From the BBC News website, Saturday,April 9
by Sir Thomas Crapper
In the wake of the Panama tax haven leaks, David Cameron should resign.
And his advisors – civil servants, public relations people, special advisors – at Downing Street should hang their heads in shame. They lead him blindfolded into a dark alley, bricked up the exit, and left him there to be humiliated.
Those people, of course, are the same sort of careerist public advisors who never lose their jobs, even though – just for instance – they might have been advising Tony Blair on how to wriggle out of the Iraq Dossier mess.
What has Cameron done? He made a profit of £30,000 on an investment set up by his father. He then declared the profit on his tax return. And then he paid the tax due to HM Treasury.
So why should he resign? We’ll come to that.
But first, some context, as framed by James Quarmby, tax planning expert with law firm, Stephenson Harwood. Quarmby’s take on it is: “Man makes a modest investment and pays all his tax”. Which, as he says, “isn’t very exciting”.
As Quarmby said to John Humphries on the Today programme, Friday morning: “Can you do me a favour, John, and stop using the phrase ‘Offshore Trust’? It’s not a Trust. It’s a Company, incorporated in Panama and is now resident in Ireland.” As such, he said, it’s a hedge fund.
Challenged by Humphries that the average Joe or Johanna in the street doesn’t invest in hedge funds, Quarmby gave him chapter and verse as to how practically every pension fund is invested in hedge funds. Humphries tried to delineate between an ordinary person – who has no control over where their money is invested – and Cameron, who (Humphries implied) had an advantage. All this, of course, ignoring the fact that the whole thing was set up by his father, and not the Prime Minister.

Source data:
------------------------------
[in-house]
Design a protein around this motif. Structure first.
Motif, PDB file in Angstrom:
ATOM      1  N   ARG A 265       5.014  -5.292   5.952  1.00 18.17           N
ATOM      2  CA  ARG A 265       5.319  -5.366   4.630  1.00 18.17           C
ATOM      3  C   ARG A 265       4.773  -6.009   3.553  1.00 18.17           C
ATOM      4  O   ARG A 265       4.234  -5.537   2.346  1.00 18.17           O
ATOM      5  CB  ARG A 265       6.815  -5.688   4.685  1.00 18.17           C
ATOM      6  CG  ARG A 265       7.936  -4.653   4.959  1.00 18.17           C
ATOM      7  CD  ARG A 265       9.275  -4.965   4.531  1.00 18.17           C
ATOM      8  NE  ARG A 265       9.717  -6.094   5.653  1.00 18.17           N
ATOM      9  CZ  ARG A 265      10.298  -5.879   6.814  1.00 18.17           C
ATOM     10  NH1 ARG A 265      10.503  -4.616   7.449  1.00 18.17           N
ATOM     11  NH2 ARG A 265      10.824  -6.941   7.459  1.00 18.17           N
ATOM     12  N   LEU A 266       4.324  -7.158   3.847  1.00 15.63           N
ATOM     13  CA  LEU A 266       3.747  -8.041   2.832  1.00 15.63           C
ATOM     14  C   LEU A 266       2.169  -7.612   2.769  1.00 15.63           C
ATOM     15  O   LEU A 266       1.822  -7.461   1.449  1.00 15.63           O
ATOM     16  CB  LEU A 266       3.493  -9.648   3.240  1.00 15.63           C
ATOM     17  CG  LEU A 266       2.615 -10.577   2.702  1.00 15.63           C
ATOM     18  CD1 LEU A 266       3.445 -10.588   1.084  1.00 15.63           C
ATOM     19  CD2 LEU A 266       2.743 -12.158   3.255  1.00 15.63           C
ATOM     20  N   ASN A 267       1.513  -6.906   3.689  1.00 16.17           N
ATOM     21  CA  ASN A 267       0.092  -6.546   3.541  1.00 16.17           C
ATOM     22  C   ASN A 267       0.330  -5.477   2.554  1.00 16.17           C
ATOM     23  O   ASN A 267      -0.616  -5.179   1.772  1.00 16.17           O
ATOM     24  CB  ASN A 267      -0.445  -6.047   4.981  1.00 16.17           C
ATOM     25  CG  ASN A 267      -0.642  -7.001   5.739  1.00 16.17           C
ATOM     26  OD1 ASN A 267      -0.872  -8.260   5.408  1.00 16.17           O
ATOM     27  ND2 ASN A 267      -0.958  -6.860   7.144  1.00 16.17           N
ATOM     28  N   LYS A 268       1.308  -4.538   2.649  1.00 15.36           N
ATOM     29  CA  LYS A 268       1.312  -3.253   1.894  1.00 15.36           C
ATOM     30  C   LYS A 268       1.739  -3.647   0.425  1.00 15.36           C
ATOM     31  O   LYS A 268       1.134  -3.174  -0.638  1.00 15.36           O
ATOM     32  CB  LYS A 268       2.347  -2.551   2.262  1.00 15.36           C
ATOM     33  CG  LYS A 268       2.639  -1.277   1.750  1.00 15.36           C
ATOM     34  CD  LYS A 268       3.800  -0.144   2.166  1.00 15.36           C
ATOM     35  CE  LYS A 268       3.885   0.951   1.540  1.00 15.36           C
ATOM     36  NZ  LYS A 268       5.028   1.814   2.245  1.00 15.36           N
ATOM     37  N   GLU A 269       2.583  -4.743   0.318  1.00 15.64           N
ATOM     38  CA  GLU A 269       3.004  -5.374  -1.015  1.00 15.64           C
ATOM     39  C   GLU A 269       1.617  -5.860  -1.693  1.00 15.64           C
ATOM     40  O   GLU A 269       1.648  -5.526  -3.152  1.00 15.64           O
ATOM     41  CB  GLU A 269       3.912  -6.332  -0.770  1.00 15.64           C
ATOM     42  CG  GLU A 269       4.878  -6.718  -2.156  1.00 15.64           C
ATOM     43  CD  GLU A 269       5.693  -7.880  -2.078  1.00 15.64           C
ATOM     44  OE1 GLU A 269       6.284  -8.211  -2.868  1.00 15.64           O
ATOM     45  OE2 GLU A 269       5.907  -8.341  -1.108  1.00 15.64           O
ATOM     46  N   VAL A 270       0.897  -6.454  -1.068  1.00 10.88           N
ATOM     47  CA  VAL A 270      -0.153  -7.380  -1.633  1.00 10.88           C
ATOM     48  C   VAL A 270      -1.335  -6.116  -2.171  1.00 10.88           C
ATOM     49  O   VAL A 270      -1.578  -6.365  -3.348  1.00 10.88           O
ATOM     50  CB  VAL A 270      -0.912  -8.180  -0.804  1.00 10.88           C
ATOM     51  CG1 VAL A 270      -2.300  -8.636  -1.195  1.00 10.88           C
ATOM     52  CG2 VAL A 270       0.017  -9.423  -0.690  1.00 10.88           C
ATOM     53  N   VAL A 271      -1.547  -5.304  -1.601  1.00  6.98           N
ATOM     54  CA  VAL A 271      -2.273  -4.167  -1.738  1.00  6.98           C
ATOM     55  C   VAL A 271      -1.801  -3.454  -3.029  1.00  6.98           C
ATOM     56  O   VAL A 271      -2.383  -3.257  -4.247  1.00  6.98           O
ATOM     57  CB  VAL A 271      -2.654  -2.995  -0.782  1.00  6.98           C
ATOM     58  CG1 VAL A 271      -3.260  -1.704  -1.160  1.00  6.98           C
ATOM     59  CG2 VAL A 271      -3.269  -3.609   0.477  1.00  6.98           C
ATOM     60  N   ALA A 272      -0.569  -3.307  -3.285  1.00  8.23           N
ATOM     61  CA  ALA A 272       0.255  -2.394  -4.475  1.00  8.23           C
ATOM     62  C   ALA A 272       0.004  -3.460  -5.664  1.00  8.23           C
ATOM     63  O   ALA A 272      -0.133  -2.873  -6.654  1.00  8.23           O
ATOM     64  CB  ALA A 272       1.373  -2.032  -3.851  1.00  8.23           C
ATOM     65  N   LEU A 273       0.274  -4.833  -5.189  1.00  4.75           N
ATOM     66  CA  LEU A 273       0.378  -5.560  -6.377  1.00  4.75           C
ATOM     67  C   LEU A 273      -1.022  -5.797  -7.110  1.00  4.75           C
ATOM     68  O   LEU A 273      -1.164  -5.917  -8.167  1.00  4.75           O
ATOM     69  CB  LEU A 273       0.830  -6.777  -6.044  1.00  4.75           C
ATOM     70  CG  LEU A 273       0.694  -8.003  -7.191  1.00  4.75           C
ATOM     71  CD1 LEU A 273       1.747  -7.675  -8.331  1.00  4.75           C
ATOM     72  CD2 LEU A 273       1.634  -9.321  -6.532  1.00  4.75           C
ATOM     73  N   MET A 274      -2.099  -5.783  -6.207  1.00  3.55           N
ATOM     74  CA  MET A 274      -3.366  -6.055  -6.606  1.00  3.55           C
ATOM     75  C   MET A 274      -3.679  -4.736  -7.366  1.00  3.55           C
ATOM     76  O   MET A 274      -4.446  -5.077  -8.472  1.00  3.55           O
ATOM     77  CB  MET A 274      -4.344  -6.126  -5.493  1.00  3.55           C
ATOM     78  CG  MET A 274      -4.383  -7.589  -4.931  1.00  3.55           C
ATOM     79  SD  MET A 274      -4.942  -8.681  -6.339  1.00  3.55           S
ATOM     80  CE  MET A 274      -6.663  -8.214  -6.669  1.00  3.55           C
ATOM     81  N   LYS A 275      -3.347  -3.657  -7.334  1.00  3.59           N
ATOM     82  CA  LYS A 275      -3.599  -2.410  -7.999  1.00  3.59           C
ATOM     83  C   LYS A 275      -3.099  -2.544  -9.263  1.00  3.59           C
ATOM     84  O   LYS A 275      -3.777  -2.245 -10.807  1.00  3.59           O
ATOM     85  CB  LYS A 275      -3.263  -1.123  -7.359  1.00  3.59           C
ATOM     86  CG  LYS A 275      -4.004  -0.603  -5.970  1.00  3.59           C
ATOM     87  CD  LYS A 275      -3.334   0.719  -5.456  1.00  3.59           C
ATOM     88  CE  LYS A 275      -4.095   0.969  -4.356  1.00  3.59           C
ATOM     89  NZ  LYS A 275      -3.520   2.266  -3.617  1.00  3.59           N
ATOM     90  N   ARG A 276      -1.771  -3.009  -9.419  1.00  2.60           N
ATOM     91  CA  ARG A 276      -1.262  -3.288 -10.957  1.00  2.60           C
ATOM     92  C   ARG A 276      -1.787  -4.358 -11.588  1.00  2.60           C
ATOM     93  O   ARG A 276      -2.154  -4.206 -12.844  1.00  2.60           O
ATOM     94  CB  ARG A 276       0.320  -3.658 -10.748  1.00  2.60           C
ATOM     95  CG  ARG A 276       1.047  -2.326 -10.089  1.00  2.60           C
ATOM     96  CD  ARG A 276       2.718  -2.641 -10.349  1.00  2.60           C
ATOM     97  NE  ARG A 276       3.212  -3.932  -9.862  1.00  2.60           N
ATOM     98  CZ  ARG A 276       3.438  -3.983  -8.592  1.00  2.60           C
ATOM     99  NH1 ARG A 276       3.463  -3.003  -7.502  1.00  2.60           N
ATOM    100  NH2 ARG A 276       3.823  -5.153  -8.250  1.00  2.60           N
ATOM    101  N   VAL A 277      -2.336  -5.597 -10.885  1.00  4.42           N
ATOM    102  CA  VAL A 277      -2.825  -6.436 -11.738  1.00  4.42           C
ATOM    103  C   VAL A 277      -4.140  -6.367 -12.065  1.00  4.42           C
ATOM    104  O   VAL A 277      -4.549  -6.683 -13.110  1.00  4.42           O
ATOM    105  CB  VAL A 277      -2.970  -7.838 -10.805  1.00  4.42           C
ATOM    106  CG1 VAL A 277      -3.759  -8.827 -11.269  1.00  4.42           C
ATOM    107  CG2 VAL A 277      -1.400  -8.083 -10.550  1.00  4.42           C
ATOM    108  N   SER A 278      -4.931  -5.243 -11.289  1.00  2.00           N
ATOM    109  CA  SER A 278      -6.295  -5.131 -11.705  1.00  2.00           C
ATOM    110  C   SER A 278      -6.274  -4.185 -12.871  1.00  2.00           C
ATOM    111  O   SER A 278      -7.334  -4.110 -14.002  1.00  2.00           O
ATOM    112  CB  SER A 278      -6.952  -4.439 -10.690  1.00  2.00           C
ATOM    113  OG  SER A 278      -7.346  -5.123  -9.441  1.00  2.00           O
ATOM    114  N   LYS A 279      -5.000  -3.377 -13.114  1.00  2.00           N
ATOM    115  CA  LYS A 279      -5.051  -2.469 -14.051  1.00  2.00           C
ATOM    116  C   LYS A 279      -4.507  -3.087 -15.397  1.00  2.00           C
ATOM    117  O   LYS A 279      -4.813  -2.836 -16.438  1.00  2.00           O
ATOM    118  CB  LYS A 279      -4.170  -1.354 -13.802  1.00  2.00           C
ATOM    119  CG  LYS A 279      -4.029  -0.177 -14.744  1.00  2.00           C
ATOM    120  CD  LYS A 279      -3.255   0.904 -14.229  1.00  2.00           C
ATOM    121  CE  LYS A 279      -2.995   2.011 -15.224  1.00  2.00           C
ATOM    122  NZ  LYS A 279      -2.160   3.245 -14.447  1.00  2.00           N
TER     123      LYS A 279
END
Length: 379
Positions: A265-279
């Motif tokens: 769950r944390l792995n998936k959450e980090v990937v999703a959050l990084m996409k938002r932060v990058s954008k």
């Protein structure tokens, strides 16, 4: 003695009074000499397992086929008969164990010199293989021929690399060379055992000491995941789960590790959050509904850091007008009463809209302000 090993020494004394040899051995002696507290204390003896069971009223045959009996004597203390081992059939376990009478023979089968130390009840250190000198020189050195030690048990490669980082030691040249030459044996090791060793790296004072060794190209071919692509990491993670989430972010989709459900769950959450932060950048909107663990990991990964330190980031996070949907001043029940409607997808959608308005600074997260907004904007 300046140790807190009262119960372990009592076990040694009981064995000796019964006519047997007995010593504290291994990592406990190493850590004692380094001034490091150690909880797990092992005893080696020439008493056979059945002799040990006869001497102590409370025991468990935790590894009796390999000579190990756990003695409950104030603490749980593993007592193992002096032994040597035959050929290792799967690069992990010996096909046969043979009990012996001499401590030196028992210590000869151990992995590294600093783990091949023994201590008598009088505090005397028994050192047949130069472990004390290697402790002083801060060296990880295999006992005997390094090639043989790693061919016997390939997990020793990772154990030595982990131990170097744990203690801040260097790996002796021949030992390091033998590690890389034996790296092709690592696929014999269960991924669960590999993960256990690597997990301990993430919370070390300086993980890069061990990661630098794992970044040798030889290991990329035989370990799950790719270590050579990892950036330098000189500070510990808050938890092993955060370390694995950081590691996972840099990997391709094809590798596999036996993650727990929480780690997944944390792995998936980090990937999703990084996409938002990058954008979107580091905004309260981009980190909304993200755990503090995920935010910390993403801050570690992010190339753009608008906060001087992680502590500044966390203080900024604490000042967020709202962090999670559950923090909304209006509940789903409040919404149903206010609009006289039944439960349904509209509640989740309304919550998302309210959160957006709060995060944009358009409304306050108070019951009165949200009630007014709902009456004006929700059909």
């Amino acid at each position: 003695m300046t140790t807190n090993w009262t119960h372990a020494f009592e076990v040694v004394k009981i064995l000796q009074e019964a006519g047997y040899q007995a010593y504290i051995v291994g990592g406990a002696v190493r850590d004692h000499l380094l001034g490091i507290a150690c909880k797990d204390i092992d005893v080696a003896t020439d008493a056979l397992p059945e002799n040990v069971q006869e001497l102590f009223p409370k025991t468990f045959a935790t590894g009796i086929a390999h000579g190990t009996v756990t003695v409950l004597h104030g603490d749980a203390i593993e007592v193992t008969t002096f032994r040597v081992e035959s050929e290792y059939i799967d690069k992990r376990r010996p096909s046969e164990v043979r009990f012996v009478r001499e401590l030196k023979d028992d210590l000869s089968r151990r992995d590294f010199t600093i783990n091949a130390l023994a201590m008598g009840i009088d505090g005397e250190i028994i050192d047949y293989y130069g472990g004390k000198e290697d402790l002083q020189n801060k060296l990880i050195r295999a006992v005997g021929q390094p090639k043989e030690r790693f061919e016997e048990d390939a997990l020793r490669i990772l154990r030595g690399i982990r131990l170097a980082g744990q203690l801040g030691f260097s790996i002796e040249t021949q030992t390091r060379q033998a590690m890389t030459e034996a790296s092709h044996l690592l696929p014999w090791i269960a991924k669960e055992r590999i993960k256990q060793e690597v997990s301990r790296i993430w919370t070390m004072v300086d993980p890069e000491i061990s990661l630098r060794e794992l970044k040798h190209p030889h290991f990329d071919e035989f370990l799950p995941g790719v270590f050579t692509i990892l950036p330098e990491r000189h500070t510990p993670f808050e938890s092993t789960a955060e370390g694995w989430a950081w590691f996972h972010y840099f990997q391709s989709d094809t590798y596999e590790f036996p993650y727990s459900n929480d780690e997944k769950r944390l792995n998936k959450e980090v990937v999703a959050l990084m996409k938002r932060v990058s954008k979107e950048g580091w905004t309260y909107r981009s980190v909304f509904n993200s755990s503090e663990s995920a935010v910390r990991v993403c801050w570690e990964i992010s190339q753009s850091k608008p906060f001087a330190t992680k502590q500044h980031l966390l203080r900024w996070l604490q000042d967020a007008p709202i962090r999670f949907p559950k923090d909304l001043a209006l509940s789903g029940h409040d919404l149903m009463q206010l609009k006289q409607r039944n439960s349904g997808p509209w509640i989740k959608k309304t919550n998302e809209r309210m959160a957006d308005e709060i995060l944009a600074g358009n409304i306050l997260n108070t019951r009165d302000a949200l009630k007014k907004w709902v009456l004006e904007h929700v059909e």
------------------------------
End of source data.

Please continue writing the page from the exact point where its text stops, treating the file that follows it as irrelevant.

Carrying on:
In any event, Quarmby was having none of it. Later, on BBC24, he was rolled out again. Except that this time, the producer should have known what he was going to say, and should have warned his presenter. The presenters were clearly not warned.
At 1m 30secs into the interview (see video clip below), Naga Munchetty literally leans her head down to her hand in obvious frustration that this guy is not playing the game.
All of this, of course, ignores the billions of dollars the Panama leaks have revealed, salted away by world leaders, and clearly stolen from their own citizens. There is no other way to explain the fabulous wealth of some of these people who mostly lead ordinary economies for an ordinary salary.
And what did David Cameron do? He took a £30,000 profit from a company his father set up, declared it on his tax return, and paid the tax. Then he sold the shares he held in the company (so that he could enter Downing Street unencumbered in 2010).
So why should he resign? Well, wouldn’t you? Why would you put up with this level of abuse, ignorance, propaganda and bigotry? At least from Civvy Street he could give the press both barrels and tell John McConnell and Jeremy Corbyn exactly what they can do with their ludicrous ‘charges’.
There is one major character flaw that besets David Cameron, and that is his propensity to play the bully. It is embarrassing to watch, and he lets no-one down more than himself when he gives it full reign.
But essentially, he is a decent man, as displayed by his very public admission on Saturday morning that he had handled the Panama revelations badly. “Don’t blame Number 10 Downing Street or nameless advisors. Blame me.”
Well, you might well say that, David. But we couldn’t possibly agree. Your ratings are down below Jeremy Corbyn’s right now. And why? Because you lost trust this week. And why did you lose trust? Because you were very, very, very badly advised.
You’ll get back up there, whether you stay in position or not. But, honestly, what is it – other than a dedication to public service – that persuades you to stick at it? The answer is probably the EU Referendum. Other than that, it’s a mystery.
Ten percent of Iceland’s electorate took to the streets to demand their Prime Minister resign after he was named in the Panama leaks. By the same token, four million should have take to the streets of London. Instead, it was just ‘thousands’ (obviously no-one could be bothered to count). Which is a measure of how the British public has more sense than its media gives it credit for.